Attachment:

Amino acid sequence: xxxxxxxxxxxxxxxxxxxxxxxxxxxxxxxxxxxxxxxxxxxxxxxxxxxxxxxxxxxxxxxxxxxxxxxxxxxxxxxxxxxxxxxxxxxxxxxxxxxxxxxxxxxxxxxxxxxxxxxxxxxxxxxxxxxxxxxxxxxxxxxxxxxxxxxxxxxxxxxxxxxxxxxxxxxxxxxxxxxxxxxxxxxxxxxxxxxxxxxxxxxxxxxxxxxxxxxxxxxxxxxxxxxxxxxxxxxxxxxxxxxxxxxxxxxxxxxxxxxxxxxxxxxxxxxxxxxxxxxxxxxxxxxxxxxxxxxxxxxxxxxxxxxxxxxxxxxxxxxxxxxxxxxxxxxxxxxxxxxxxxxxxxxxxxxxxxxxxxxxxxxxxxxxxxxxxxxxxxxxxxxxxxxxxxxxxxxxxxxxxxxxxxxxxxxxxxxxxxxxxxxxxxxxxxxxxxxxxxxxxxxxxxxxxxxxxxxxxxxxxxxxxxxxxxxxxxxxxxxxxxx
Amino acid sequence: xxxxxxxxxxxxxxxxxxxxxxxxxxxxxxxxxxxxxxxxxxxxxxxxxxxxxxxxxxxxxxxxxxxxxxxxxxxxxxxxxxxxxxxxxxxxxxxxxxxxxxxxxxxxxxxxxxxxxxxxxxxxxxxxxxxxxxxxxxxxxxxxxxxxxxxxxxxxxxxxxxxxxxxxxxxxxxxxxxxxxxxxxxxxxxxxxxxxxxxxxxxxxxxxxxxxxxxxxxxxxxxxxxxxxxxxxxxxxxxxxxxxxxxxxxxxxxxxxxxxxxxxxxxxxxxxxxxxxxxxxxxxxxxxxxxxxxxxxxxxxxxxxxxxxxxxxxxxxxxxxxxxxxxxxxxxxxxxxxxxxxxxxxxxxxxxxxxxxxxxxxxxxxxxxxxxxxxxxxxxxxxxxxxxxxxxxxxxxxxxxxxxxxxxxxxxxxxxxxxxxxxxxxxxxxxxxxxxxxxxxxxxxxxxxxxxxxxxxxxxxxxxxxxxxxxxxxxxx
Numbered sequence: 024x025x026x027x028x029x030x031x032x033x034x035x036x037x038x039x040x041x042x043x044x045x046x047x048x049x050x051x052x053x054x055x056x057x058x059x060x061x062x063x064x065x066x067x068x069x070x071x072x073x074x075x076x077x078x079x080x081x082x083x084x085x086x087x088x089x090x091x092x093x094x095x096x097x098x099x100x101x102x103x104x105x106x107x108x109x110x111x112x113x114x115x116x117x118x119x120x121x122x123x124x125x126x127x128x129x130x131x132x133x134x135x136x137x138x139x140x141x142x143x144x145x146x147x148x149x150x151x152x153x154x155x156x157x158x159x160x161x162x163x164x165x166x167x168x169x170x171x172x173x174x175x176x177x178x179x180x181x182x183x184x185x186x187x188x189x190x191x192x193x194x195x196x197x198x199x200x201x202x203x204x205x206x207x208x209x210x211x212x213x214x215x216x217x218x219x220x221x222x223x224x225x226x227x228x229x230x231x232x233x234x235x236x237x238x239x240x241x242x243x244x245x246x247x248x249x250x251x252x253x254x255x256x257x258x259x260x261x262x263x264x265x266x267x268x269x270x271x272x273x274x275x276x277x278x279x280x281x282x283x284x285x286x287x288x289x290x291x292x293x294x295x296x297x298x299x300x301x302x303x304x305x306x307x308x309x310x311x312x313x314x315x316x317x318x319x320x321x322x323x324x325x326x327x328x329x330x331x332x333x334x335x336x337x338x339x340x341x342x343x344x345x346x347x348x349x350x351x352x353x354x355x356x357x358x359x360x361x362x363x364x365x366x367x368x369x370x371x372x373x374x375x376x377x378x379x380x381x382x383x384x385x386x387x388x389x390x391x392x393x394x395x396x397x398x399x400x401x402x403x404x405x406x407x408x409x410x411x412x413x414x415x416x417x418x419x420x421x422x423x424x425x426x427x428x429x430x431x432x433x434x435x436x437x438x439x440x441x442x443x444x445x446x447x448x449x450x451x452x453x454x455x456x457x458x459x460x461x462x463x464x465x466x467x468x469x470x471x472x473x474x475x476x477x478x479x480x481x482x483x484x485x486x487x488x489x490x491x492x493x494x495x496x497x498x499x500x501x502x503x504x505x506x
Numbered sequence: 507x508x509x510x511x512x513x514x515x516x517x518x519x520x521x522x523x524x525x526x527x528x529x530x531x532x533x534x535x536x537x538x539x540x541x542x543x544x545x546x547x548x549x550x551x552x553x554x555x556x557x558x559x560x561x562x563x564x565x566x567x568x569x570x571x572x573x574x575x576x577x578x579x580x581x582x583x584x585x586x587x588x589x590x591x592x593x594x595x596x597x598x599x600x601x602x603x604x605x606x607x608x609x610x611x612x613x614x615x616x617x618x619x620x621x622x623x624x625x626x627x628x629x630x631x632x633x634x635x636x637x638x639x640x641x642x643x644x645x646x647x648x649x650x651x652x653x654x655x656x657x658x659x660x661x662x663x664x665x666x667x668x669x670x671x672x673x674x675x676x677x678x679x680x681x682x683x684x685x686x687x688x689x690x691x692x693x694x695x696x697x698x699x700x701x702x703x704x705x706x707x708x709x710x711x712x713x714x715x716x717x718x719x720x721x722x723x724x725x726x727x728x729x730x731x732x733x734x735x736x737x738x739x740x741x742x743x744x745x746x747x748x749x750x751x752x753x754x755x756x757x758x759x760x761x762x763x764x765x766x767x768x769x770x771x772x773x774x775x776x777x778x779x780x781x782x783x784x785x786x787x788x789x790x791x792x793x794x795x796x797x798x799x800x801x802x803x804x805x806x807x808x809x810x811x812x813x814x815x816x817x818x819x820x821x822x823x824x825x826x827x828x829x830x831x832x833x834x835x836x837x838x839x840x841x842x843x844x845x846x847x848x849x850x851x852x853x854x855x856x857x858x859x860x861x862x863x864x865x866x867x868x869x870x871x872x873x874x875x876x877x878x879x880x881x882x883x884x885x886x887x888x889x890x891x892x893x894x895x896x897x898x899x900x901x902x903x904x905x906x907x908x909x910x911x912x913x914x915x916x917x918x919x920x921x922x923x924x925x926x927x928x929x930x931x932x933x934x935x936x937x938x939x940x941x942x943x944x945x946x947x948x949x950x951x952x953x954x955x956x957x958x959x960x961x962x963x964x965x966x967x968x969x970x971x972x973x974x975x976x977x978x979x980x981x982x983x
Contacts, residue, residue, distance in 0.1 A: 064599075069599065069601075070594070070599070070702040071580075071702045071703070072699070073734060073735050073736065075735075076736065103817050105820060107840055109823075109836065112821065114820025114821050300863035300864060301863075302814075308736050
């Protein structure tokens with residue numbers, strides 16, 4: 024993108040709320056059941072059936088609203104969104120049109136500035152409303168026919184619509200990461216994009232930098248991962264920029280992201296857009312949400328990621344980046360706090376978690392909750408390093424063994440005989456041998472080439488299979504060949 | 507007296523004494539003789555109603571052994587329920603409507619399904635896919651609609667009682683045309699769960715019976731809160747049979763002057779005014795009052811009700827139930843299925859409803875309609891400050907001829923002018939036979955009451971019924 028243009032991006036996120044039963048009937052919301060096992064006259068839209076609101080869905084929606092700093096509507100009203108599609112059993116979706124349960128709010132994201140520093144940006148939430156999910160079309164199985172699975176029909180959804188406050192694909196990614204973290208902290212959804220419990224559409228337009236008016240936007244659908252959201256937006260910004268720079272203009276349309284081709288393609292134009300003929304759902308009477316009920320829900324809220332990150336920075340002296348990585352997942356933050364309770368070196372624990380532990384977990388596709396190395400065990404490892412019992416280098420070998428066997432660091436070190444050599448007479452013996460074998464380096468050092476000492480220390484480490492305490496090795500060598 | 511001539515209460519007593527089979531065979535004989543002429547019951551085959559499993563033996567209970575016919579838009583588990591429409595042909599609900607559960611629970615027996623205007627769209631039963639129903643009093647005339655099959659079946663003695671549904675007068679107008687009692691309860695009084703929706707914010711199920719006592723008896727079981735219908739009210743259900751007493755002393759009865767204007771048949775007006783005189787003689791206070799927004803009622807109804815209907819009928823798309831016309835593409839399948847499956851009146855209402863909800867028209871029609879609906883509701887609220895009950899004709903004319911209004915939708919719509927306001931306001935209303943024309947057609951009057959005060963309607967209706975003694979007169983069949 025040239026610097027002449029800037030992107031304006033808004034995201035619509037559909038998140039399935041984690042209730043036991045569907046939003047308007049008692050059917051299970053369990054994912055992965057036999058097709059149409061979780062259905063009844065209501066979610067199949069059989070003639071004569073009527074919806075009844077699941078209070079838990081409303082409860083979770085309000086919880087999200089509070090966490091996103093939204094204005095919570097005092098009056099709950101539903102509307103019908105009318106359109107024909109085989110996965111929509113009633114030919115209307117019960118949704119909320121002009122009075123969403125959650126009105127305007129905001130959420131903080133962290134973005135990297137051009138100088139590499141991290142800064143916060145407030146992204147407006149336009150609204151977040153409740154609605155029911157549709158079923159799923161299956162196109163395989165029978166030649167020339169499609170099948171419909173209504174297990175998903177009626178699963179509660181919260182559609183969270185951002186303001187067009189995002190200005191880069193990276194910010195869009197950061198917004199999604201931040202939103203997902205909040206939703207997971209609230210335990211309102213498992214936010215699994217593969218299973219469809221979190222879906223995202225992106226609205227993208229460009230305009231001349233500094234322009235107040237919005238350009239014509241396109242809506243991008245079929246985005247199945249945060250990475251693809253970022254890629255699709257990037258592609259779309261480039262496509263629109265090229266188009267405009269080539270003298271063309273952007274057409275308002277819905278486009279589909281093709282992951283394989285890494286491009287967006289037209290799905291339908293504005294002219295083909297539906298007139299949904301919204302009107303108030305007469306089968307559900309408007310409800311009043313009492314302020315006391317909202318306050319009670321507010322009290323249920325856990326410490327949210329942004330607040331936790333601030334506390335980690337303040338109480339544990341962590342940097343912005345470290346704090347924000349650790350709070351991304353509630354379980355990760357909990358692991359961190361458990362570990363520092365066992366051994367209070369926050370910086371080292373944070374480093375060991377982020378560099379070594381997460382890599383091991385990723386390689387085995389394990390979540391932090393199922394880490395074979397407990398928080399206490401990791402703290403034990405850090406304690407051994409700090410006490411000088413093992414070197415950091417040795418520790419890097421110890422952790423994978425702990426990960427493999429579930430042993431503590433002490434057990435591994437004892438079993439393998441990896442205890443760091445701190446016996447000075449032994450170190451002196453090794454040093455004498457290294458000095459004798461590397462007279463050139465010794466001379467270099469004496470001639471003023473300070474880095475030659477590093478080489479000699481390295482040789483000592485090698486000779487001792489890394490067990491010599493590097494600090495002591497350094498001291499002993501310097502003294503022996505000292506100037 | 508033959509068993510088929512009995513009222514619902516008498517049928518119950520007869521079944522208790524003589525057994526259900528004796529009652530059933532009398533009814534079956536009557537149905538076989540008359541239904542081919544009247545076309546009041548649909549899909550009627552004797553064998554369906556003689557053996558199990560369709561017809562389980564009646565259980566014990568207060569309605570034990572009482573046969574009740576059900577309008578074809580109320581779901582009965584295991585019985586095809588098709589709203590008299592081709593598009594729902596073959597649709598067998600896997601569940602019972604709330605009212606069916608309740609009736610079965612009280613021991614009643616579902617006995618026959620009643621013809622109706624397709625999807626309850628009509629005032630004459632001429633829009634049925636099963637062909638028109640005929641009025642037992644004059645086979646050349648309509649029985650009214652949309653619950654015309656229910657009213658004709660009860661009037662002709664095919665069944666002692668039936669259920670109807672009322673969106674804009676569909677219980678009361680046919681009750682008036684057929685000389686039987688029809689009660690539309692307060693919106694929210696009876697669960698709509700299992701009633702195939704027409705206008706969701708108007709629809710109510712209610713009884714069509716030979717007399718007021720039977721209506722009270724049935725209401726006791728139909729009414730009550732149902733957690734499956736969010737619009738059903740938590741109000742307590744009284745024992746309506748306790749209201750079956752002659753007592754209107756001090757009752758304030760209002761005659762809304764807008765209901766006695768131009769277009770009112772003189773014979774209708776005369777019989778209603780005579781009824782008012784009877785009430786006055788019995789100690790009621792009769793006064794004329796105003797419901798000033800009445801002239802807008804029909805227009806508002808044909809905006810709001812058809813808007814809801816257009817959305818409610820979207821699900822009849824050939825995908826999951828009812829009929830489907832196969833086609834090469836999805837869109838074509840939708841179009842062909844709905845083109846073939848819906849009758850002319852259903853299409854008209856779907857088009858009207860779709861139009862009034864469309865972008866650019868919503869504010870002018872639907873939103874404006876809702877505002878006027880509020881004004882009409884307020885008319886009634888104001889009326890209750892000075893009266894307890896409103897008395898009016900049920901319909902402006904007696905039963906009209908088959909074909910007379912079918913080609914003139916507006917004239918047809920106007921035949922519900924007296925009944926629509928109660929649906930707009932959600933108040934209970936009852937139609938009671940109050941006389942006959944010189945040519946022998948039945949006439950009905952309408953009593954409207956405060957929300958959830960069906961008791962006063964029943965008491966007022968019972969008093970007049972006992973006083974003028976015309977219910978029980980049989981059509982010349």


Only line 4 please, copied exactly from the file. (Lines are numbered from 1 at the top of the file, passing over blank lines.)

Numbered sequence: 507x508x509x510x511x512x513x514x515x516x517x518x519x520x521x522x523x524x525x526x527x528x529x530x531x532x533x534x535x536x537x538x539x540x541x542x543x544x545x546x547x548x549x550x551x552x553x554x555x556x557x558x559x560x561x562x563x564x565x566x567x568x569x570x571x572x573x574x575x576x577x578x579x580x581x582x583x584x585x586x587x588x589x590x591x592x593x594x595x596x597x598x599x600x601x602x603x604x605x606x607x608x609x610x611x612x613x614x615x616x617x618x619x620x621x622x623x624x625x626x627x628x629x630x631x632x633x634x635x636x637x638x639x640x641x642x643x644x645x646x647x648x649x650x651x652x653x654x655x656x657x658x659x660x661x662x663x664x665x666x667x668x669x670x671x672x673x674x675x676x677x678x679x680x681x682x683x684x685x686x687x688x689x690x691x692x693x694x695x696x697x698x699x700x701x702x703x704x705x706x707x708x709x710x711x712x713x714x715x716x717x718x719x720x721x722x723x724x725x726x727x728x729x730x731x732x733x734x735x736x737x738x739x740x741x742x743x744x745x746x747x748x749x750x751x752x753x754x755x756x757x758x759x760x761x762x763x764x765x766x767x768x769x770x771x772x773x774x775x776x777x778x779x780x781x782x783x784x785x786x787x788x789x790x791x792x793x794x795x796x797x798x799x800x801x802x803x804x805x806x807x808x809x810x811x812x813x814x815x816x817x818x819x820x821x822x823x824x825x826x827x828x829x830x831x832x833x834x835x836x837x838x839x840x841x842x843x844x845x846x847x848x849x850x851x852x853x854x855x856x857x858x859x860x861x862x863x864x865x866x867x868x869x870x871x872x873x874x875x876x877x878x879x880x881x882x883x884x885x886x887x888x889x890x891x892x893x894x895x896x897x898x899x900x901x902x903x904x905x906x907x908x909x910x911x912x913x914x915x916x917x918x919x920x921x922x923x924x925x926x927x928x929x930x931x932x933x934x935x936x937x938x939x940x941x942x943x944x945x946x947x948x949x950x951x952x953x954x955x956x957x958x959x960x961x962x963x964x965x966x967x968x969x970x971x972x973x974x975x976x977x978x979x980x981x982x983x